There was nothing wrong with the Vista UI, The only thing UI wise I didn't like that comes to mind was that they made the taskbar fatter, which never made sense as vertical pixels are a premium on desktop monitors, but it wasn't something I cried about or anything. Overall the UI for Vista was a big improvement over XP, and when I finally moved from XP to Windows 7 I immediately enjoyed the improved UI, none of this "just get used to it" crap, it was actually improved. If it wasn't marred by the technical issues I personally experienced, I would have been on the Vista bandwagon.

Windows 8 on the other hand it is a UI issue, rather than the core OS being the problem.
 

Dekoth-E-

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The thing is that you're looking as things as touch and non-touch. Windows 8 looks at as you whatever input method and programs you want to use.

Because it is touch and non touch. A touch based UI is horribly inefficient on a non touch device. Does it work? Yes..Is it efficient or nice? No. Just because it can, doesn't mean we should.

You mention the app market and there's going to be some number of Metro apps that people will like on any device.



Succeed or fail, Windows 8 will sell hundreds of millions of copies over its lifetime. That's the important thing because it all but guarantees a huge Metro app market. This debate about the UI will wage on but as new devices and apps come online the UI argument becomes less relevant.

They have said the same thing about the windows market more times and more devices than I can count. Just because it will sell lots of copies, doesn't mean it will generate lots of app market interest.
 

Tudz

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They have said the same thing about the windows market more times and more devices than I can count. Just because it will sell lots of copies, doesn't mean it will generate lots of app market interest.

And just because it sells well also doesn't make it a success or was worth them doing, MS sink a lot of money into development and advertising and getting OEMs to use Windows, it NEEDS huge sales. Especially since they are trying to get into the tablet market where they don't already have an established monopoly.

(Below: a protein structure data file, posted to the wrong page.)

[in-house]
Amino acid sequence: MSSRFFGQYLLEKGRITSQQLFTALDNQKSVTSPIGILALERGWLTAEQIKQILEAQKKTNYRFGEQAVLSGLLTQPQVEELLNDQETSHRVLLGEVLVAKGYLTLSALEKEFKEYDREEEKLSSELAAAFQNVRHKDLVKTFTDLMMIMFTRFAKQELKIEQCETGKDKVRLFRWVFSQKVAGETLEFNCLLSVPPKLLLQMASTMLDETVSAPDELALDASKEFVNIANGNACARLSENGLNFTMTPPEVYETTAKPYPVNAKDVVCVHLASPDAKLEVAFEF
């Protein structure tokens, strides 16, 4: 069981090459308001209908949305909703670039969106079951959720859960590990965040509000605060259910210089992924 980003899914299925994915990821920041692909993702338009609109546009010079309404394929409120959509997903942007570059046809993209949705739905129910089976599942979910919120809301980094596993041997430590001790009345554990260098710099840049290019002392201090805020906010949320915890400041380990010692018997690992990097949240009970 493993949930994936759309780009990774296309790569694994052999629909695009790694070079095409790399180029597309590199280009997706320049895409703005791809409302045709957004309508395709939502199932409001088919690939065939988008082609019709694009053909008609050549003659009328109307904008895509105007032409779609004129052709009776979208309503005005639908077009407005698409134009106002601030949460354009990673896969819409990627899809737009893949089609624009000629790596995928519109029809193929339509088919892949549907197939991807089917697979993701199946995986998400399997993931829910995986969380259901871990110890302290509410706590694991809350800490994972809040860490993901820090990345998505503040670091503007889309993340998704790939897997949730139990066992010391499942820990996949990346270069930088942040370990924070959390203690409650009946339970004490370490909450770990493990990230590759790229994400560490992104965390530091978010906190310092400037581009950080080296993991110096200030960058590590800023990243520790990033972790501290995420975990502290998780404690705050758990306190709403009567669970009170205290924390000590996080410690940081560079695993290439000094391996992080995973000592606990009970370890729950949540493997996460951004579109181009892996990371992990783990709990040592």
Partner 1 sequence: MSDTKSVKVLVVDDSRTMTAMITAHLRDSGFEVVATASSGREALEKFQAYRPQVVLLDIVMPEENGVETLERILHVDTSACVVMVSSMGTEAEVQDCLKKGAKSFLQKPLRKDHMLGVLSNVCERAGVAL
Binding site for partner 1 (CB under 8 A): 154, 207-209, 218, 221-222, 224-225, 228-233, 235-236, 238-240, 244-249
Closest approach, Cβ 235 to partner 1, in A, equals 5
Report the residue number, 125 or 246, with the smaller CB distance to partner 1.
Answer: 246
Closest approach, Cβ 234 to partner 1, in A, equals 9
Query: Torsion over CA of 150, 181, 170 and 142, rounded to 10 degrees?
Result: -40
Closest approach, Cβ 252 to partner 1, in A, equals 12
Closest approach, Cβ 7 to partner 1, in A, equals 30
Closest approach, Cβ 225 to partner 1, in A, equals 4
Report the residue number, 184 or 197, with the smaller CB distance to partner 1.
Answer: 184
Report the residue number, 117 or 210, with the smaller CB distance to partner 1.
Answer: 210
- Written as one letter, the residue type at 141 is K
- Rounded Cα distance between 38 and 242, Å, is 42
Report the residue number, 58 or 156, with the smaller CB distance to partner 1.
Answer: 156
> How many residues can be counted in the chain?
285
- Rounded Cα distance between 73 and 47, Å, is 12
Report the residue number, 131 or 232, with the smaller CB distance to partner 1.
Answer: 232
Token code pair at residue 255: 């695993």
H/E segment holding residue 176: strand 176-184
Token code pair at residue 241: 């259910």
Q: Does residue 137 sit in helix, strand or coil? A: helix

WhoBeDaPlaya

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I'm not going to disagree with the gist of the article... but why do people still complain about having no vertical list of programs in the start menu? Who has fallen in love with Win7 as much as the author apparently has, but still insists on the Win95 model of visually searching for shortcuts in the start menu? Ever since I figured out that I could type to search in 2007, I haven't gone into the Programs flyout unless it was to drag in a new shortcut... so that I could search for it later on.
http://classicshell.sourceforge.net/whycsm.html

I hate Win7/Vista's start menu. It's a crutch for disoganized folks who can't be bothered to sort out their program shortcuts.

csm_sorted.png
 

heatlesssun

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Because it is touch and non touch. A touch based UI is horribly inefficient on a non touch device. Does it work? Yes..Is it efficient or nice? No. Just because it can, doesn't mean we should.